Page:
Suggested Citation:"Appendix A: Committee Member Biographies." National Academies of Sciences, Engineering, and Medicine. 2023. Complementary Feeding Interventions for Infants and Young Children Under Age 2: Scoping of Promising Interventions to Implement at the Community or State Level. Washington, DC: The National Academies Press. doi: 10.17226/27239.
×

a pediatric residency at Children’s Hospital Oakland and a preventive medicine residency at UCSF and is currently board certified in pediatrics and in preventive medicine and is an internationally board-certified lactation consultant.

Frank R. Greer, M.D., is a professor of pediatrics at the University of Wisconsin School of Medicine, emeritus. He also held an affiliate appointment in the Department of Nutritional Sciences. He was an attending neonatologist at the University of Wisconsin from 1980 to 2014. Dr. Greer’s research career was primarily in infant nutrition (fat-soluble vitamins and minerals). He served on the American Academy of Pediatrics (AAP) Committee on Nutrition from 1999 to 2009 and was chairperson from 2005 to 2009. He has coedited the seventh, eighth, and ninth editions of the AAP’s Pediatric Nutrition. Dr. Greer is a member and honorary fellow of the American Society for Nutrition. He has received the Callon Leonard Award, Wisconsin Association for Perinatal Care and the Douglas Richardson Memorial Award New England Association of Neonatologists. He completed his residency in pediatrics (1978) and fellowship (1980) in neonatal perinatal medicine at the Cincinnati Children’s Hospital. Dr. Greer’s relevant committee assignments include chairing Working Group Two for the Complementary Feeding, Birth to Two Dietary Guidelines Task Force (National Institute of Child Health and Human Development [NICHD], Food and Drug Administration [FDA], U.S. Department of Agriculture [USDA]) in 2012–2013 and serving as a member of Premature Infant Dietary Guidelines Task Force (Pre-B) (NICHD, FDA, USDA) in 2014–2015, and as a member of the Technical Expert Committee for USDA–Department of Health and Human Services Development Project for Dietary Guidelines for Infants and Toddler from Birth to 24 Months and Women Who Are Pregnant (2015–2018). Dr. Greer received his M.D. from University of Pennsylvania School of Medicine. Dr. Greer served on the National Academies’ Committee on Scoping Existing Guidelines for Feeding Recommendations for Infants and Young Children Under Age 2 (2014–2015).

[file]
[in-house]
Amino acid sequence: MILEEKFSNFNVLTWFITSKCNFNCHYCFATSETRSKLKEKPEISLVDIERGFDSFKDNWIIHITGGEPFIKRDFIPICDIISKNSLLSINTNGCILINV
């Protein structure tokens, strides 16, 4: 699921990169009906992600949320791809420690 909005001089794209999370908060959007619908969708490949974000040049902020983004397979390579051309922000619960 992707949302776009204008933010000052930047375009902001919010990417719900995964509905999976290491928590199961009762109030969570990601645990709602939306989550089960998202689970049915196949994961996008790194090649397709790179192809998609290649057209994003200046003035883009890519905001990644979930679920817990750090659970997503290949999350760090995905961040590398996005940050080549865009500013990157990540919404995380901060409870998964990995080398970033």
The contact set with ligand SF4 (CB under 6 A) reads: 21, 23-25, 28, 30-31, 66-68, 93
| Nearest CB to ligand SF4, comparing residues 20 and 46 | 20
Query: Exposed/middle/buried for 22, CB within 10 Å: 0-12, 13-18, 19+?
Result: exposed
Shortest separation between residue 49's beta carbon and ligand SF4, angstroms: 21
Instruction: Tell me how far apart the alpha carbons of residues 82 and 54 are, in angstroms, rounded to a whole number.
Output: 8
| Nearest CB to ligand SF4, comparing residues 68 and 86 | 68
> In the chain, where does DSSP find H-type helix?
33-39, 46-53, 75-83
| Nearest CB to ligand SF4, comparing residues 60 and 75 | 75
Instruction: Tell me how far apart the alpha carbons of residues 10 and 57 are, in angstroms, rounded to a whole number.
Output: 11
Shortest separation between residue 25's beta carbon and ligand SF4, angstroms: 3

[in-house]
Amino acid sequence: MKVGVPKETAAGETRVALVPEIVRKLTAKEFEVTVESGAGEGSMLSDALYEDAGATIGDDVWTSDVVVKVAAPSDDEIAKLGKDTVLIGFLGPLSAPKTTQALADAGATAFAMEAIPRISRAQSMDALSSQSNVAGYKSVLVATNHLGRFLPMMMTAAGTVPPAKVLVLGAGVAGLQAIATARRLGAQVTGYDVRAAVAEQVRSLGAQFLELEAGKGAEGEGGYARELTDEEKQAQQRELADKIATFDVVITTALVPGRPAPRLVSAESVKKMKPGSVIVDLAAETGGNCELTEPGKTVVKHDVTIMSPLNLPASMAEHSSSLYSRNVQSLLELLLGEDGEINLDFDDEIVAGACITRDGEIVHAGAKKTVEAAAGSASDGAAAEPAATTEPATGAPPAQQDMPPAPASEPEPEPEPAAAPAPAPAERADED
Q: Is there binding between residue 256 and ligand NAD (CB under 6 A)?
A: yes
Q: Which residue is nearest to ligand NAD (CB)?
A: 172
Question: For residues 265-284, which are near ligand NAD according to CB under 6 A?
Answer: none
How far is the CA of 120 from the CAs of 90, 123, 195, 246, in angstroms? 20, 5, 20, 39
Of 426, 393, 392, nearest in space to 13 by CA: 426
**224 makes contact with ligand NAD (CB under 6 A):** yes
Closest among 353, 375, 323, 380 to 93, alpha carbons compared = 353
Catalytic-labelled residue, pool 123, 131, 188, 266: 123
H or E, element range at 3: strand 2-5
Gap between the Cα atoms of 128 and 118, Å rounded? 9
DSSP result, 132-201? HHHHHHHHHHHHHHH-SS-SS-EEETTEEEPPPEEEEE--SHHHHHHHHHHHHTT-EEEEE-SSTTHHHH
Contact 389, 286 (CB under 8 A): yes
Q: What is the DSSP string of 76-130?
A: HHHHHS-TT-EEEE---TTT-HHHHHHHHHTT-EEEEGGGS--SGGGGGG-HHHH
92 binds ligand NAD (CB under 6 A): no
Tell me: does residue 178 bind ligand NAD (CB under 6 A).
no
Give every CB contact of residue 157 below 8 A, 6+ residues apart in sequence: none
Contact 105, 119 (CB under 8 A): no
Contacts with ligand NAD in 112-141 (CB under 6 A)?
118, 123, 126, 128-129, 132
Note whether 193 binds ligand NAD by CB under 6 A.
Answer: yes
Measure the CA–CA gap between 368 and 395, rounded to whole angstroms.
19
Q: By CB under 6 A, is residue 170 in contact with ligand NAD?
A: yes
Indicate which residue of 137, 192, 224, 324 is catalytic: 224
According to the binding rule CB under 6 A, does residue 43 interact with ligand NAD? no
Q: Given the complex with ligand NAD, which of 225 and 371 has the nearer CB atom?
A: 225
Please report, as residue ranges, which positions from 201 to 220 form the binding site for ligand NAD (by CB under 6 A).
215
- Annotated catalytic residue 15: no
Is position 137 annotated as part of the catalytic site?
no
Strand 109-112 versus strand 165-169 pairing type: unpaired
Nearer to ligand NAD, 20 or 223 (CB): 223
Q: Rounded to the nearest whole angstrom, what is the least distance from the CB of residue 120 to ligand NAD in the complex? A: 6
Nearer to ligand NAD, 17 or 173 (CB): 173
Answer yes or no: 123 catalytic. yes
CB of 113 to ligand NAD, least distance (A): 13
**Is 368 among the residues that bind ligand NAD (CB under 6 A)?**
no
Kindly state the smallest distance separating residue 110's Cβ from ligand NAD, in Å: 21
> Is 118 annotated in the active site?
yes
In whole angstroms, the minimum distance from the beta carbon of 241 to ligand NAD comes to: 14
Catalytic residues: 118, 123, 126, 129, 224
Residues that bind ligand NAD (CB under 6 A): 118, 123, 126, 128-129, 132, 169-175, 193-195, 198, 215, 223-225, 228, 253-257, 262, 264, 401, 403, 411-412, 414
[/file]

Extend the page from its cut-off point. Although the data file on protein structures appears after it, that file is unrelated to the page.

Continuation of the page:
Elizabeth Yakes Jimenez, Ph.D., is a professor and the assistant dean for research in the College of Population Health at the University of New Mexico Health Sciences Center, with secondary appointments in the departments of pediatrics and internal medicine. Dr. Yakes Jimenez conducts research, program evaluation, and quality-improvement projects to develop and test interventions to improve maternal and child health, to better prevent and treat malnutrition and chronic disease, and to strengthen the integration of community services and medical care. She is a pediatric registered dietitian nutritionist with an M.S. in public health

Suggested Citation:"Appendix A: Committee Member Biographies." National Academies of Sciences, Engineering, and Medicine. 2023. Complementary Feeding Interventions for Infants and Young Children Under Age 2: Scoping of Promising Interventions to Implement at the Community or State Level. Washington, DC: The National Academies Press. doi: 10.17226/27239.
×

nutrition from Case Western Reserve University and a Ph.D. in epidemiology from the University of California, Davis. She served as a committee member for the National Academies’ consensus study on Feeding Infants and Children from Birth to 24 Months (2020).

Rafael Pérez-Escamilla, Ph.D., is a tenured professor at the Yale School of Public Health where he is the director of the Office of Public Health Practice, the Global Health Concentration, and the Maternal Child Health Promotion Program. His three-decades long research program has led to global improvements in infant and young child feeding, early childhood health and development, and household food and nutrition security. He has published more than 330 peer-reviewed research articles and has given hundreds of lectures across world regions. He is a member of the National Academy of Medicine (elected in 2019) and served on the National Academies’ Food and Nutrition Board from 2012 to 2018. He served in the 2010 and 2015 U.S. Dietary Guidelines Advisory Committees. He is co-editor-in-chief of the Maternal and Child Nutrition journal and deputy editor of Current Developments in Nutrition. He has a B.S. in chemical engineering from Universidad Iberoamericana in Mexico City, a master’s degree in food science, and a Ph.D. in nutrition from the University of California, Davis, where he also completed a postdoctoral program on nutrition and early childhood development. He served as a committee member of the National Academies’ consensus study on Feeding Infants and Children from Birth to 24 Months, which published its report in 2020. He was a lead coordinator and co-author of the 2023 Lancet Series on Breastfeeding and served from 2019 to 2023 in the Development Group of the World Health Organization Guideline for Complementary Feeding of Infants and Young Children 6‒23 Months of Age.